Edgar Allan Poe 's The Raven And The Black Cat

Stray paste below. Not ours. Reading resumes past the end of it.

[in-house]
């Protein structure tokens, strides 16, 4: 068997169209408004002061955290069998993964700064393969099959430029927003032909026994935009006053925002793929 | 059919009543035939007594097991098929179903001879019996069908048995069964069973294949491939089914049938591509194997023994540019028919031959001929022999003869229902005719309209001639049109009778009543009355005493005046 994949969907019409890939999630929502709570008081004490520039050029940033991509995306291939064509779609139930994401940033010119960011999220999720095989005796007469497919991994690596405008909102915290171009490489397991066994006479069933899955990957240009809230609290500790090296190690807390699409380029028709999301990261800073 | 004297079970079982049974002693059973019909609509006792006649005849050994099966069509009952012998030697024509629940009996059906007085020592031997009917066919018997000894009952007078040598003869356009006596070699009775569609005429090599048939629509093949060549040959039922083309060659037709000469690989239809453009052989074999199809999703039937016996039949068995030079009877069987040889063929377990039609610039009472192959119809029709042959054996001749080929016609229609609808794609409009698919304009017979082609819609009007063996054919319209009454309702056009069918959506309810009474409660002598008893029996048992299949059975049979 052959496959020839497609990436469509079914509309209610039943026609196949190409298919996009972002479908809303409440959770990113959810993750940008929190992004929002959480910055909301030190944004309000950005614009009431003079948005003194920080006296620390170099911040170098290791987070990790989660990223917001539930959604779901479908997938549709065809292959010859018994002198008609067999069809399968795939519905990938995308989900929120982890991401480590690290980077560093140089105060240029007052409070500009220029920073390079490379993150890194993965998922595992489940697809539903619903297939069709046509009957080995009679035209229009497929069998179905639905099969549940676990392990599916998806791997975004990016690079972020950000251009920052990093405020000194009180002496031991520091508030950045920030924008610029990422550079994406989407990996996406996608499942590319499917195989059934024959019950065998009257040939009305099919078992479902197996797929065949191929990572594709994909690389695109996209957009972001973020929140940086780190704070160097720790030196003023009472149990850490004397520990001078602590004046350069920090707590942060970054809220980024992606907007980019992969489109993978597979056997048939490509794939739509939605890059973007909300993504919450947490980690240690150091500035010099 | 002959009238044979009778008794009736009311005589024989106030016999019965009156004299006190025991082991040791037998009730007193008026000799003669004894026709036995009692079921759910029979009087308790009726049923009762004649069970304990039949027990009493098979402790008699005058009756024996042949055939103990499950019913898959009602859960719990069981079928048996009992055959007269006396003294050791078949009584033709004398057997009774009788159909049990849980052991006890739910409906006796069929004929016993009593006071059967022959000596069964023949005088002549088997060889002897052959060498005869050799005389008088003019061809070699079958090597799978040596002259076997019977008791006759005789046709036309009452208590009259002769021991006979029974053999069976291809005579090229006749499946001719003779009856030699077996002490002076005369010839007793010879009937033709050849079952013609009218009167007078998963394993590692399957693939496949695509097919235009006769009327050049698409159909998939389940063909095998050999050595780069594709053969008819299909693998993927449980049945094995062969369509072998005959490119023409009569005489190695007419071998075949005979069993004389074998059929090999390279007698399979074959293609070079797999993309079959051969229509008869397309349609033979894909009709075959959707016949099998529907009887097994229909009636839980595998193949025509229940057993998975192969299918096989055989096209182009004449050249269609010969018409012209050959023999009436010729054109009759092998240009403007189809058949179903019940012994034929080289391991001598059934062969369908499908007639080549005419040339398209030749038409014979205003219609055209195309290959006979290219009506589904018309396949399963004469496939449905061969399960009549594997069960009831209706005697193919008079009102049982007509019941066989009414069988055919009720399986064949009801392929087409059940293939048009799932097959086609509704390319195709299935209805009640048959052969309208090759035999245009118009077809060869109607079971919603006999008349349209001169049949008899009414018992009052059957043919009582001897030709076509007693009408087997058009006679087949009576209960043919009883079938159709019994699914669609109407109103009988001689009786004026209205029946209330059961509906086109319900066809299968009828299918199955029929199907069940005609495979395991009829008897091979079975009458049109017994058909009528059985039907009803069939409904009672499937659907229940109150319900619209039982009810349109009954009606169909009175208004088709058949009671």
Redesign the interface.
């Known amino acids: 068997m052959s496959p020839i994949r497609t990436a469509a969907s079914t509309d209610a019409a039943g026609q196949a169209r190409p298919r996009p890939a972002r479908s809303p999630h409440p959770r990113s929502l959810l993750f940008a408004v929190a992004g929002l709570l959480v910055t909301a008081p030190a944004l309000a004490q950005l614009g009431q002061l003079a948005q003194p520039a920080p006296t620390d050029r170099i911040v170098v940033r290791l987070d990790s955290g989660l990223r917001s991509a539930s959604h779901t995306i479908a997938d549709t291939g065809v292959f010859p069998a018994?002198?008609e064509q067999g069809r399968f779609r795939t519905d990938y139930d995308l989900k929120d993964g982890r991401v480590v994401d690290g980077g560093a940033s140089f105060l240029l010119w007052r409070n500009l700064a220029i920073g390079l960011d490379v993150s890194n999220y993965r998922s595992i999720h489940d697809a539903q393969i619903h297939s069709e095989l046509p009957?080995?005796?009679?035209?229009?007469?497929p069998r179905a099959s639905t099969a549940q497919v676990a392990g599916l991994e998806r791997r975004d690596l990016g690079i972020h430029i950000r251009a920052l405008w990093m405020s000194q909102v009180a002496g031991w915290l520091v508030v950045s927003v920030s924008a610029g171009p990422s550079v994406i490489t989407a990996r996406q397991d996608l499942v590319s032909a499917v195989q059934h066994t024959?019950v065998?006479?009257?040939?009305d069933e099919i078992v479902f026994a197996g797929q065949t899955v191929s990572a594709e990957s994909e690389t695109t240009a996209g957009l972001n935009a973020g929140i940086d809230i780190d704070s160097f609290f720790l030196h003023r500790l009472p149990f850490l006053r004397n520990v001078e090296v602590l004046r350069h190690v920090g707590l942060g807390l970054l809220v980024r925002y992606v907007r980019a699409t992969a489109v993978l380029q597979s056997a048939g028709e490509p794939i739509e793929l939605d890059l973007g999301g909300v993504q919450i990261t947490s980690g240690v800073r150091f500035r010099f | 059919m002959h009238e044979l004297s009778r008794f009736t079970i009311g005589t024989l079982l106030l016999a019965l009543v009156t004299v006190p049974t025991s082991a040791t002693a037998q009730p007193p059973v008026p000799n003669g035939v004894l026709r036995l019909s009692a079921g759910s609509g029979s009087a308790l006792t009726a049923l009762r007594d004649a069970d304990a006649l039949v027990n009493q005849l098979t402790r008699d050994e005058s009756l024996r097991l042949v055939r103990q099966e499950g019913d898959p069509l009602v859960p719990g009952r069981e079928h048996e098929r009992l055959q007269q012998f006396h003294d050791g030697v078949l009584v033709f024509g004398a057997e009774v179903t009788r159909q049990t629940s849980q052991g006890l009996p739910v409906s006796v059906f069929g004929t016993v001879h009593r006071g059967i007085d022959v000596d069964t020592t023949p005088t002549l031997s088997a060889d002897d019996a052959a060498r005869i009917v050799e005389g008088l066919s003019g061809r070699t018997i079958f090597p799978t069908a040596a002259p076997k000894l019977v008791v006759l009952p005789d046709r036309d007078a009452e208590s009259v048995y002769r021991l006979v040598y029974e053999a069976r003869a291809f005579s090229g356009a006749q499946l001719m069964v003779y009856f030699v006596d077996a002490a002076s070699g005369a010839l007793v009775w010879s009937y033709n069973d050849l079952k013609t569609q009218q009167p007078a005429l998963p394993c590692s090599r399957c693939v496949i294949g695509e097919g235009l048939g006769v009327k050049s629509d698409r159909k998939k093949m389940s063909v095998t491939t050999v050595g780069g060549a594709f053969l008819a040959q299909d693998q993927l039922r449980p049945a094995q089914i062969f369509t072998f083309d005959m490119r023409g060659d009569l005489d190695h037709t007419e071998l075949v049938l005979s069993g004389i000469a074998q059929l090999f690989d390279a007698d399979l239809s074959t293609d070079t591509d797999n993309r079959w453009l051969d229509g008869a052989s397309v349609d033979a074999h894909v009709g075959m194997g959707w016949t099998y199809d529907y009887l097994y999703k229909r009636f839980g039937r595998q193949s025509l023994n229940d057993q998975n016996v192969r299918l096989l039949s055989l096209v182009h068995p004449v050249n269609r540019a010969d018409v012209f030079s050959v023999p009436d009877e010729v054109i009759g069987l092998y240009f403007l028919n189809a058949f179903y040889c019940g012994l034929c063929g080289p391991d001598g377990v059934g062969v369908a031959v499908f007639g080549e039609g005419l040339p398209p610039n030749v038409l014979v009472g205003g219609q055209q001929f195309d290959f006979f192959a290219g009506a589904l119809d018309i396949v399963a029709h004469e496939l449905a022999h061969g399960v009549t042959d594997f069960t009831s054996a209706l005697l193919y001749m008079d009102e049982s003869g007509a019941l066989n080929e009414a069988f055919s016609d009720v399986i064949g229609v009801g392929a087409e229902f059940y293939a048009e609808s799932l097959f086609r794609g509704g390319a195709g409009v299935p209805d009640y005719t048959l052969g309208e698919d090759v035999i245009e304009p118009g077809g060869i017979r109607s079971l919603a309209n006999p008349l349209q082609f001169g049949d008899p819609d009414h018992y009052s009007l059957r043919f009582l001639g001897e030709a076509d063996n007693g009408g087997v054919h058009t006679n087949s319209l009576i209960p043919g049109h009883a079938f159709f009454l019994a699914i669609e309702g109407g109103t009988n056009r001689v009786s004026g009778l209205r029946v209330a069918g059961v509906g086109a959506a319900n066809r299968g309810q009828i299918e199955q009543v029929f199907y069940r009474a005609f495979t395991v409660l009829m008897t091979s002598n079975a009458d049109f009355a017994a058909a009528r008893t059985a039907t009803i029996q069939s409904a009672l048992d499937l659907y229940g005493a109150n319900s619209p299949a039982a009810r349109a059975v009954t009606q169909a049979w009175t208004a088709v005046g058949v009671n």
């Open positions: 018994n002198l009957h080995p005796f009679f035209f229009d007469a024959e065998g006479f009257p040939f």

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Although now seen as the father of the modern horror story, Edgar Allan Poe was previously viewed as a drunken failure. Within Poe’s writings much of his own life riddled with guilt, anxiety, alcohol, depression and death shines through resulting in works that appear unrelated yet once dissected prove similar. This is true for Poe’s works “The Raven” and “The Black Cat”. Poe’s examples of gothic fiction share the use of the color black and a rapid digression of the narrator 's sanity while seemingly unveiling Poe’s internal pain. Despite these similarities, Poe’s works also differ immensely. “The Black Cat” focuses around death while “The Raven” is fixed around discovering the reasoning for a bird 's arrival. Moreover, gothic themes seen within “The Raven” do not necessarily remain constant when compared to “The Black Cat”. At the beginning of Edgar Allen Poe’s “The Raven” and “The Black Cat” the narrators begin to explain their side of the story calmly, maintaining their composure and sanity. Yet, as both stories progress Poe’s main characters quickly unravel and spiral into frantic, unstable beings. Initially, the man depicted within “The Raven” believes a visitor is knocking on his door, a rational and typical thought upon hearing a knock. The main character’s mental health begins to slip when he yells and believes to hear in the empty doorway, his dead wife, “I whispered, and an echo murmured back the word, ‘Lenore!’ ”, (Poe 1). All remnants of the narrator 's sanity

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